Let’s talk about Craig Tanner (random name). Craig Tanner is a freelancer who tries to make a living by offering his service to others. Craig Tanner is a very gifted graphic designer. If you need a graphic job to be done, Craig is the right person to deliver it.
So…what is so special about Craig Tanner? Why is he worth this special attention? Well… he’s not. I would like to use Craig Tanner’s story as an example why you, a freelancer, who is willing to succeed in the endless WWW world, should learn Craig Tanner’s mistakes and hope to avoid them.
It’s not enough to be a gifted web designer like Craig Tanner indeed is. It’s not enough to have remarkable control with Photoshop, Illustrator and other well branded graphic design software. It’s not enough to have a polished website where you can show off some of your previous design works. It’s not enough to be creative and to be able to come up with several different designs within only a few hours of work. Those are the basics. Most of the graphic designers that I know can do at least 80% of what I’ve just mentioned. The same as Craig Tanner, he knows the job extremely well.
However what Craig Tanner does not know is how to handle customers. Unfortunately, many like Craig do not know the art of customer relations. A happy customer is more than a customer. A happy customer is your best sales force, as opposed to an unsatisfied customer which is the worst freelance business enemy you can find. Sometimes it’s better not to get in an argument with your customers and even to lose some money, just to keep them as happy as possible. You never know what will be in next day. He might need your help with more jobs or might even recommend your services to his colleagues.
Try to think as a buyer. One of the biggest mistakes freelancers do is NOT putting themselves in the buyer’s shoes. Do not act like a robot. Give a personal touch with everything related to the webmaster that is looking for you, the freelancer, to be found and picked. When Craig Tanner bids on a project, he always uses the same words in his text. That’s the worst thing to do. You have to give the webmaster a good feeling about your service. You have to send a message that’s implying: “I read your needs. Here is my custom solution”. Webmasters are looking for any kind of a hint to disclose if the freelancer can be trusted. The assumption is simple: whoever bids on a project claims that he can handle it. Then how does the webmaster choose at the end with whom to work with? Don’t get me wrong, it’s not always the lowest price who wins the projects. Most of the time it’s the way to approach the project.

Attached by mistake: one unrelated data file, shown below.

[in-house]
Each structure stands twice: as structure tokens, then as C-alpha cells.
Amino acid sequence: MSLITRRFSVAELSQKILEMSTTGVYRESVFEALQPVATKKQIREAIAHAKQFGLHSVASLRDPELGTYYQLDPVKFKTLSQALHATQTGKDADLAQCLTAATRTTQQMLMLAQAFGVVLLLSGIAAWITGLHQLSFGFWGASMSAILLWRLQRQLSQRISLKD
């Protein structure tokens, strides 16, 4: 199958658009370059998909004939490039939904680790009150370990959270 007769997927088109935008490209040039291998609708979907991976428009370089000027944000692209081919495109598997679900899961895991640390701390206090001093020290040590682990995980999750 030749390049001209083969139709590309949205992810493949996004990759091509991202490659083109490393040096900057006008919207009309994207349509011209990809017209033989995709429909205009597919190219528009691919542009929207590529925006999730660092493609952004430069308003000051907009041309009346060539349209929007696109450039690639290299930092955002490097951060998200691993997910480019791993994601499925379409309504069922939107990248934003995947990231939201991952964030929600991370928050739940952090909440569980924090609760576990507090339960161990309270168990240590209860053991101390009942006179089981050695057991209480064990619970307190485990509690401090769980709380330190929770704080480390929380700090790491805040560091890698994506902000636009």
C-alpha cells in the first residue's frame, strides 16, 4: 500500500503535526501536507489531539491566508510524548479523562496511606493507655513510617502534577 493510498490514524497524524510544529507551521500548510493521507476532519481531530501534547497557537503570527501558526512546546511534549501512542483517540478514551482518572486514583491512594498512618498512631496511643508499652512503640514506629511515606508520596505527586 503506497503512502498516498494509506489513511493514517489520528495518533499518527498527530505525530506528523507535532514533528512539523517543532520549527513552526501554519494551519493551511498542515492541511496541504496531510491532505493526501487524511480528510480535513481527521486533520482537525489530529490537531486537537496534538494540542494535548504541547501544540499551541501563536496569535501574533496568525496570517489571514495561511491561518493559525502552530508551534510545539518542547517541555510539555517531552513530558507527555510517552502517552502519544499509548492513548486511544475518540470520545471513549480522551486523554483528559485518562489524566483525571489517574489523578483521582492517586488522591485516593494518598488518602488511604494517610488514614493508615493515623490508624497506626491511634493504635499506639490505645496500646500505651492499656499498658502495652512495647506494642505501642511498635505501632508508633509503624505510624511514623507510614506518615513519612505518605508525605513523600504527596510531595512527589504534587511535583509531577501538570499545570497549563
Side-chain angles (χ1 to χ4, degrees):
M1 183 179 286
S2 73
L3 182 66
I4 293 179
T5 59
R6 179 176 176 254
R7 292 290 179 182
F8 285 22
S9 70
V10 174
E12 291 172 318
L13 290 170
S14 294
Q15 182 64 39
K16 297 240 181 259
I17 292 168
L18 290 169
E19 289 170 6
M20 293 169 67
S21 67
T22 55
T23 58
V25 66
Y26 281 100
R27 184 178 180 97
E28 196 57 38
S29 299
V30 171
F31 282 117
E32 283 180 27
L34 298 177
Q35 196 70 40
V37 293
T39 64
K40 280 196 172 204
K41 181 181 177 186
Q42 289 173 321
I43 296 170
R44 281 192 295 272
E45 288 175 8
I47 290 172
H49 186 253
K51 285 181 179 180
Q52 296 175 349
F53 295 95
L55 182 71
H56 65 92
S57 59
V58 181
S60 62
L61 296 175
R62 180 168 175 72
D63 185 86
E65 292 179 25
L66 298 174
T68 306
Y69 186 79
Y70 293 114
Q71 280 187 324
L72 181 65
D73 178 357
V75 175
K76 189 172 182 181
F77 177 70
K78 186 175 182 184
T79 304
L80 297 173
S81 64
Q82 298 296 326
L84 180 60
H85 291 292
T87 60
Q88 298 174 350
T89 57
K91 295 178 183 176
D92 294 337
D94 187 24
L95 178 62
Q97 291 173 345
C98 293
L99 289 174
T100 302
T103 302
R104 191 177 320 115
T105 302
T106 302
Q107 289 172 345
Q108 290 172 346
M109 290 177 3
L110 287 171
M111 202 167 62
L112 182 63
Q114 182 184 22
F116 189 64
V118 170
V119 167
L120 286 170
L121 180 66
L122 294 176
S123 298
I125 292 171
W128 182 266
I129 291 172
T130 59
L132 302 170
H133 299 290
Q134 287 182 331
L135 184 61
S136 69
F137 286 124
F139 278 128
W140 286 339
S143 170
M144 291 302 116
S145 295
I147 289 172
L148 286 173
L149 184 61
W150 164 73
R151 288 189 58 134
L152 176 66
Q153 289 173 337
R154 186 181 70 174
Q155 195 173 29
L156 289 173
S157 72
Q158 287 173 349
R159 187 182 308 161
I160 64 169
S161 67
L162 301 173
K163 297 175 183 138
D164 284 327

The delivery date is very important. As a freelancer you have to keep in mind that your time is a valuable commodity. Do not take projects that are way beyond your capability. You will find that from a matter of time consuming your profit will be much less for those kind of projects. Alliteratively do not give a delivery date that will not leave you any room for mistakes or unpredictable delays. The webmaster is not watching your work. He does not know if you are in front of your computer or playing outside with your children. He probably does not care. What he really cares about is that you will deliver the work exactly as you committed to. I found that in most cases this is one of the key factors for a freelancer to get contact again by a webmaster.
Now that you know something about Craig Tanner’s mistakes, I hope you will adopt my advice and do your best to avoid them. Try this advice for a small period of time. I am sure that you will find a big improvement with your income. Give it a thought.
About the Author: Warren Baker is an Internet business consultant for WebDesigners123.